Nicholas Gruen says that while the "collaborative web ... can’t be easily explained within economists’ standard
framework," Adam Smith "would have
Adam Smith and Web 2.0, by Nicholas Gruen: History plays tricks on us.
The real internet revolution picked up after the internet bubble had burst.
And the economist whose framework helps most in thinking about the internet
revolution is none other than Adam Smith, who kicked off economics more than
200 years ago.
The internet boom involved companies using the net to broadcast to
customers — like ads on TV — or to automate the sales process: for instance,
with customers booking their own airline tickets or ordering books. Today
Web 2.0, or collaborative web, is enabling armies of volunteers to build a
better world. Some are building and giving away public goods such as
open-source software (Linux and Firefox) and reference resources
(Wikipedia). Others provide expert analysis and commentary on blogs, often
surpassing professional journalists. Others, such as Facebook, connect
people with something in common.
These phenomena can’t be easily explained within economists’ standard
framework, in which economic decision-makers are reduced to the ideal type
known in the trade as homo economicus. Homo economicus is a pure,
calculating egoist optimising his profit or “utility” without regard for
others’ views or conduct (except where they’re useful to his ends).
Homo economicus might not explain which films we see or with
whom we socialise. But a theory’s job is to highlight some aspects of
reality — by leaving out others. When you make investments or haggle for a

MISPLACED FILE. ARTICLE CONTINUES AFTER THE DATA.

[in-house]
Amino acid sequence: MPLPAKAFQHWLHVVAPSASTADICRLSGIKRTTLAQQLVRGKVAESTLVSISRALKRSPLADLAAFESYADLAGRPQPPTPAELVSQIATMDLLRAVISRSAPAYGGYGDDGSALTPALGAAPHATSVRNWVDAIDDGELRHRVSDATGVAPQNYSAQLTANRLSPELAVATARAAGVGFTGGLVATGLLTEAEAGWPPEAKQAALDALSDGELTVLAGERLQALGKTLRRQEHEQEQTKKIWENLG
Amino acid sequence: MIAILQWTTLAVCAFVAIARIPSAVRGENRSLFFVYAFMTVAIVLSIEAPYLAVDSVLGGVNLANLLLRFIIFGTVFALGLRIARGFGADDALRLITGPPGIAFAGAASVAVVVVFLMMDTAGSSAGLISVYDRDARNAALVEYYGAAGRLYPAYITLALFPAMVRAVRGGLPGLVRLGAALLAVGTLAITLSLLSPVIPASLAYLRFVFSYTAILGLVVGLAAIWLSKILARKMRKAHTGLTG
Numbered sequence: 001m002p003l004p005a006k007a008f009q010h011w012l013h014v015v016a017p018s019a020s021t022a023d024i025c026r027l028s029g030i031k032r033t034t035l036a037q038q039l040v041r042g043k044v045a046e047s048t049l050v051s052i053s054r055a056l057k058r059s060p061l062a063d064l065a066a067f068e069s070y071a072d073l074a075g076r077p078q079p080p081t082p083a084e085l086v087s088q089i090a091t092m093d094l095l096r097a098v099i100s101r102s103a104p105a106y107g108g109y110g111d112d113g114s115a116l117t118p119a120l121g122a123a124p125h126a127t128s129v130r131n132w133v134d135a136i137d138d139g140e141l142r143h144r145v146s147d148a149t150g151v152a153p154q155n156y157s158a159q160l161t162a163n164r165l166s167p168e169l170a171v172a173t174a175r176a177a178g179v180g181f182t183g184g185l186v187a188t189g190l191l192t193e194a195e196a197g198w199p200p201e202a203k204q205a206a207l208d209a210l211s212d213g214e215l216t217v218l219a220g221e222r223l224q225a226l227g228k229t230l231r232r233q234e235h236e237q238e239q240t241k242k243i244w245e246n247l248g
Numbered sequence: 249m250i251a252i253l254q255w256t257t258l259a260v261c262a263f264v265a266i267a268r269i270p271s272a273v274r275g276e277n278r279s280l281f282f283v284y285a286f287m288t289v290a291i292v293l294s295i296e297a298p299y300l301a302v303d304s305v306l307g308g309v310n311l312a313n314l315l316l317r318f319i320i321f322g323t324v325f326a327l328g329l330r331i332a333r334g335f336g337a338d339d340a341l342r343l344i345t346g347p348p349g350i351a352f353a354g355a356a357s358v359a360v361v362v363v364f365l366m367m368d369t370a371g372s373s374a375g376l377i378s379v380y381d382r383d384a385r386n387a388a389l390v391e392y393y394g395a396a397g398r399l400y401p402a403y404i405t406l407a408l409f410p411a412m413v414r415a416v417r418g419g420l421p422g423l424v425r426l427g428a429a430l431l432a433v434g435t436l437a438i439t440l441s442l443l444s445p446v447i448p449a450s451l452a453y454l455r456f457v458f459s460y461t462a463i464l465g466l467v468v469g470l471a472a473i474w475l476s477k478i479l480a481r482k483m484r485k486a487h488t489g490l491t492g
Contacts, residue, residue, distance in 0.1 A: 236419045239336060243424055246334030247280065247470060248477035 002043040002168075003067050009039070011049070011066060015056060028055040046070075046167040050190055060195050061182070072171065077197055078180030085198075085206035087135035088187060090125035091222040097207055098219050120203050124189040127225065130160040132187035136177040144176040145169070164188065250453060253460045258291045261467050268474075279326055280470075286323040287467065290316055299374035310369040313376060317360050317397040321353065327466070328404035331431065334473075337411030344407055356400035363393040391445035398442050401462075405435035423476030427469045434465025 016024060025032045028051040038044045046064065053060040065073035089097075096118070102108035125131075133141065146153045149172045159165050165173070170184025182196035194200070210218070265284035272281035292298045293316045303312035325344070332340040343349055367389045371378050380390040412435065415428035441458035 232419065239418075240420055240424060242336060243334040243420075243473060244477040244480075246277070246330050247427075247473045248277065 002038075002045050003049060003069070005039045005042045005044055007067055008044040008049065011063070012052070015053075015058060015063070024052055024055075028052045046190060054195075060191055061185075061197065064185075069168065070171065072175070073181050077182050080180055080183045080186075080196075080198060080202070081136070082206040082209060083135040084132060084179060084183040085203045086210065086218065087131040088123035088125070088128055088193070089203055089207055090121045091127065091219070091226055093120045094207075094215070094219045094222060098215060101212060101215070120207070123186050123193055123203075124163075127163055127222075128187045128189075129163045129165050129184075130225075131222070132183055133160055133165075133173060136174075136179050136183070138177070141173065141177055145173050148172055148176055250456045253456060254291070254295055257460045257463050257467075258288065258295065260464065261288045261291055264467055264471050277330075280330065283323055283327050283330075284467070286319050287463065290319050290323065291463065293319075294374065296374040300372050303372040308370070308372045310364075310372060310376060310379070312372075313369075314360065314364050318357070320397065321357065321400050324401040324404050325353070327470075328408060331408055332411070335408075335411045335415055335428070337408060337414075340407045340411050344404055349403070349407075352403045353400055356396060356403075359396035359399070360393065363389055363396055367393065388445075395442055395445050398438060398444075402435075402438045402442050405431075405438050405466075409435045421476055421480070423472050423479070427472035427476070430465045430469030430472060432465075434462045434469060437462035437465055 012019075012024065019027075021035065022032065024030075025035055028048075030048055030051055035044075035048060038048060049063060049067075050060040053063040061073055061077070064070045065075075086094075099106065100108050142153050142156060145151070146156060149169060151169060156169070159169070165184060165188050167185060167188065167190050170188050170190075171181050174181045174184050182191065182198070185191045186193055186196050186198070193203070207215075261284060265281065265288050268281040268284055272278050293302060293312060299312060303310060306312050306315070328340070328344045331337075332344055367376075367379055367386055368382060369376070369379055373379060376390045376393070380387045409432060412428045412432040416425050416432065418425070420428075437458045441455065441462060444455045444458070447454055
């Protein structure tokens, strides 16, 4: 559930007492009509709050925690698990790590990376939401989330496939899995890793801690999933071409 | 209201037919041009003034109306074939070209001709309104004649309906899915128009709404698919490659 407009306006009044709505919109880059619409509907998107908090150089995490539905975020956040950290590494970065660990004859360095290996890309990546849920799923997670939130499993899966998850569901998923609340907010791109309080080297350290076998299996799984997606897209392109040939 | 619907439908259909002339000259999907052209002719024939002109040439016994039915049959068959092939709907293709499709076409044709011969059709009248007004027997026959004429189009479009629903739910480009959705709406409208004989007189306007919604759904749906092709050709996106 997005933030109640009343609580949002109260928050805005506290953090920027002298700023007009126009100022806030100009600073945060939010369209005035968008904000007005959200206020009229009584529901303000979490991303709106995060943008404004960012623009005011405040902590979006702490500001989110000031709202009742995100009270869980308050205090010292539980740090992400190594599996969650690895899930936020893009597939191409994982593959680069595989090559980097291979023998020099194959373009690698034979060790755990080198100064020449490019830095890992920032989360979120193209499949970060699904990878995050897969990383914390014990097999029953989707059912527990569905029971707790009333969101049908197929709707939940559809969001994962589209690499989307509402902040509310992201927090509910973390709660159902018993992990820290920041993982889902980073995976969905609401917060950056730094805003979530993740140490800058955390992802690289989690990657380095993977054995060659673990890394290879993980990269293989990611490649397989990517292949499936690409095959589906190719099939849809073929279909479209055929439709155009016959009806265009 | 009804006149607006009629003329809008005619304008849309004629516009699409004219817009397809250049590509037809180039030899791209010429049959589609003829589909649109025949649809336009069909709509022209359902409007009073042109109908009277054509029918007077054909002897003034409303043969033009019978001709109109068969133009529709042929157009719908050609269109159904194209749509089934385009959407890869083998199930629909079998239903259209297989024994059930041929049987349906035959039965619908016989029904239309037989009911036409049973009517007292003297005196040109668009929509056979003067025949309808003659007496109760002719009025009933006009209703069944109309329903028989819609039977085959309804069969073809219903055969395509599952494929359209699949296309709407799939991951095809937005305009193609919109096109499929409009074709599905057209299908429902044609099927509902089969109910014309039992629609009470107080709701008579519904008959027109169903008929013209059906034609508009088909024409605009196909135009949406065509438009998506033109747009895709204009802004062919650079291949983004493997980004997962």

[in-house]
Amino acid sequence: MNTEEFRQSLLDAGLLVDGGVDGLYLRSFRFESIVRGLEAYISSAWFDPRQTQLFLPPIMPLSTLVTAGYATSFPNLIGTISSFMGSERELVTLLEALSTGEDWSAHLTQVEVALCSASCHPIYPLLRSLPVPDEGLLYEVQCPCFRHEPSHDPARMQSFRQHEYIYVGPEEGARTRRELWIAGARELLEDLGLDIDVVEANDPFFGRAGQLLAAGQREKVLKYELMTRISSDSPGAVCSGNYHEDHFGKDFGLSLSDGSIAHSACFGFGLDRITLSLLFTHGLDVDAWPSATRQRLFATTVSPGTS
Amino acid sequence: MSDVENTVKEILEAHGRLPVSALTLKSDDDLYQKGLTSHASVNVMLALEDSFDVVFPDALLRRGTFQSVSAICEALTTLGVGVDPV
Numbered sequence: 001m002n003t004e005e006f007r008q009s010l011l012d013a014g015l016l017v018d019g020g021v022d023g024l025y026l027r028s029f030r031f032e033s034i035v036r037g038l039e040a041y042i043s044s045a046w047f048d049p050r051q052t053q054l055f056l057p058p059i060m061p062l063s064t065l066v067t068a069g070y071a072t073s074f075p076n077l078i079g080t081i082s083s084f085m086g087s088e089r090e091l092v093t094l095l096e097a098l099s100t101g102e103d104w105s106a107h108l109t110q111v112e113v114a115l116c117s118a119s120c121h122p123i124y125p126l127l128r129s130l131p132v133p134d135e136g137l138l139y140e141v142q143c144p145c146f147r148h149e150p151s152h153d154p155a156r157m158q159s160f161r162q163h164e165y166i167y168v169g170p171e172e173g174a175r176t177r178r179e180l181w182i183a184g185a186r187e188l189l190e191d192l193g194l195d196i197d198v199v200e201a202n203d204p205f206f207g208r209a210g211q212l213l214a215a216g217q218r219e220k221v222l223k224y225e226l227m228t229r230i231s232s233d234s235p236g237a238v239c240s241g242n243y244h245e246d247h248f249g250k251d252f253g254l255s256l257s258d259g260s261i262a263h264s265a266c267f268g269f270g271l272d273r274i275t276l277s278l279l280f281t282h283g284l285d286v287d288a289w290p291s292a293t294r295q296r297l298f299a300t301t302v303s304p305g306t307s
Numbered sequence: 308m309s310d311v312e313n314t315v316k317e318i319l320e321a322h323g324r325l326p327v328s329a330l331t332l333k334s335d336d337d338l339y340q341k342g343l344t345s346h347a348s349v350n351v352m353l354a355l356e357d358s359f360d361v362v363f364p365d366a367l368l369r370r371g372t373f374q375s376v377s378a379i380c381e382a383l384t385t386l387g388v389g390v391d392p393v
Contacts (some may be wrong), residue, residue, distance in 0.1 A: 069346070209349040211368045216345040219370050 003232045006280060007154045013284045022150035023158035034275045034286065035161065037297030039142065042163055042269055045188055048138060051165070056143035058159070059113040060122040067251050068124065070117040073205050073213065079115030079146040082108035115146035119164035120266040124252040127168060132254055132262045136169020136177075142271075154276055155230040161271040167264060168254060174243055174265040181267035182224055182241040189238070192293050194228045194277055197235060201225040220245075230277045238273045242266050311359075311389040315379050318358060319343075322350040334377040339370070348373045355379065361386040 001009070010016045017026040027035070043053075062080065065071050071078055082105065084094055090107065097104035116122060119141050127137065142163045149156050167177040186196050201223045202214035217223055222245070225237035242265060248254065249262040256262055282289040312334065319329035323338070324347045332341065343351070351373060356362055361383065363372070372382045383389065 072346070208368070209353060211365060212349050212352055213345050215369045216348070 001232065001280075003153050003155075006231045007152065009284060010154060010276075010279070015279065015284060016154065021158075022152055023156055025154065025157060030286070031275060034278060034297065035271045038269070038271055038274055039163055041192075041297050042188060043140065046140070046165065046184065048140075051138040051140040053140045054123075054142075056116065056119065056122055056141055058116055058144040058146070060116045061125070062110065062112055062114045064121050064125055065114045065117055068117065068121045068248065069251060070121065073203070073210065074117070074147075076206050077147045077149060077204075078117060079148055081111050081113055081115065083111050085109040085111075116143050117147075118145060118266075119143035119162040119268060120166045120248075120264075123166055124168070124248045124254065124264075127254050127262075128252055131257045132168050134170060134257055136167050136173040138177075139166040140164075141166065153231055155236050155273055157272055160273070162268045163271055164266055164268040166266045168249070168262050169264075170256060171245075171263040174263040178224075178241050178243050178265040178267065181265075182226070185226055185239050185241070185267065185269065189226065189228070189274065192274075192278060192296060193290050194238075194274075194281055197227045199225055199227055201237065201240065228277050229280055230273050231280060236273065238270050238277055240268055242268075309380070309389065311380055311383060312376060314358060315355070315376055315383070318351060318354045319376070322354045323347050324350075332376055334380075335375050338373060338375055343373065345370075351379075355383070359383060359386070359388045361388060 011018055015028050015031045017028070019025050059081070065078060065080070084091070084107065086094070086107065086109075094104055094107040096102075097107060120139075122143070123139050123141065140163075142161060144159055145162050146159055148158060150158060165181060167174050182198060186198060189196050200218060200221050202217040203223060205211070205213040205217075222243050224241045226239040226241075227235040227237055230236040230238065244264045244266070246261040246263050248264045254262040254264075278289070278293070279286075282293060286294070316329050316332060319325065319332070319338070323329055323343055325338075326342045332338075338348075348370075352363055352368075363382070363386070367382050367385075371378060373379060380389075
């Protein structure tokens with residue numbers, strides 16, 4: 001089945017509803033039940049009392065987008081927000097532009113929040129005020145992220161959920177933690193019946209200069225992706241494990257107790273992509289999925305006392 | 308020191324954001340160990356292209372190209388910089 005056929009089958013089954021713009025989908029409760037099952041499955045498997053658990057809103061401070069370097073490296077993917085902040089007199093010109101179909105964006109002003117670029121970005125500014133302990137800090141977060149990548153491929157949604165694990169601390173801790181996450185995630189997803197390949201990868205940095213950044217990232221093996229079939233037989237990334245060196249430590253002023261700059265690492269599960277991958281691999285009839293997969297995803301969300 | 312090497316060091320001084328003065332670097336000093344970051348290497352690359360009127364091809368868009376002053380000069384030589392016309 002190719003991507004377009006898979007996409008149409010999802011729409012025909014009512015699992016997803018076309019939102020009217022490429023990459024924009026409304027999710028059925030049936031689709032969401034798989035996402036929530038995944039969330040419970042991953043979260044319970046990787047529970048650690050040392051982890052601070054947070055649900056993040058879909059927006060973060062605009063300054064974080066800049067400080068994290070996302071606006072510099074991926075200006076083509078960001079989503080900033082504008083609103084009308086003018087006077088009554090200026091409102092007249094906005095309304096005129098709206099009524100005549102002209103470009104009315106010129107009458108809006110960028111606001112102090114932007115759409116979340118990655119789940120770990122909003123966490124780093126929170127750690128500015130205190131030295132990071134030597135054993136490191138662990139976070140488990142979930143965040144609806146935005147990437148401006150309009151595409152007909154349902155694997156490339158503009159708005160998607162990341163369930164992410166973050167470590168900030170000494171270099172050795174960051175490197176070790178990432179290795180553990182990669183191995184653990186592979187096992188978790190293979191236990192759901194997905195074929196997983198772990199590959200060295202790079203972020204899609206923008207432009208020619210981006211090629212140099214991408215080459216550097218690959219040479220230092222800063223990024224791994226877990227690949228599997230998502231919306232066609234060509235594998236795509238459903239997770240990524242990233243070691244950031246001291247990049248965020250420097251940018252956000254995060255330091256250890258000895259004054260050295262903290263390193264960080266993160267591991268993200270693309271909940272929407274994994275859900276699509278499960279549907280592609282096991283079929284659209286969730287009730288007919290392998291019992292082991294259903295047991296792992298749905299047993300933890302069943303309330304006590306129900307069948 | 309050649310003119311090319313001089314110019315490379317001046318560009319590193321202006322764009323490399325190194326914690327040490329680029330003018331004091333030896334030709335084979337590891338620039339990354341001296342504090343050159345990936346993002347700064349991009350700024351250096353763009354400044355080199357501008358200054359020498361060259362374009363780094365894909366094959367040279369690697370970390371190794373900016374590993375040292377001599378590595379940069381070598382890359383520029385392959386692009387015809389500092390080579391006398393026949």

car or house, you’re probably doing the best homo economicus
impression you can.
Even here, however, something’s seriously wrong. We’re socially
comparative beings. We care deeply about the conduct, opinions and values of
our peers, using comparisons with them to orient our own ideas about what we
need or value and how wealthy we want or need to be. As for the subtler
aspects of our economy, from the motivation of employees to those amazing
things Web 2.0 is bringing forth, well, homo economicus doesn’t
seem to get close to what’s going on.
Enter Adam Smith’s Theory of Moral Sentiments, published 250
years ago last month, a book he intended partly as a theoretical foundation
for his later economics. As Smith sees it, we
begin our lives as blobs of infantile egoism — infans economicus,
if you like. But from then on Smith sees the process that we now call
socialisation deepening and transforming us.
We learn from our immediate family, on whom we are utterly dependent,
that some things win their approval and admiration, others their disapproval
and even disgust. Our craving of approval and dread of disapproval and our
ability to understand others by imagining ourselves in their shoes draw us
into a lifelong dialectical social drama.
In modern economics, the attraction of great power, fame or wealth is
simple greed for more. Smith’s richer psychology offers a more plausible
explanation. “(T)o what purpose is all the toil and bustle of this world?”
Smith asks. What human drive lies behind avarice and ambition?
Is it to supply the necessities of nature?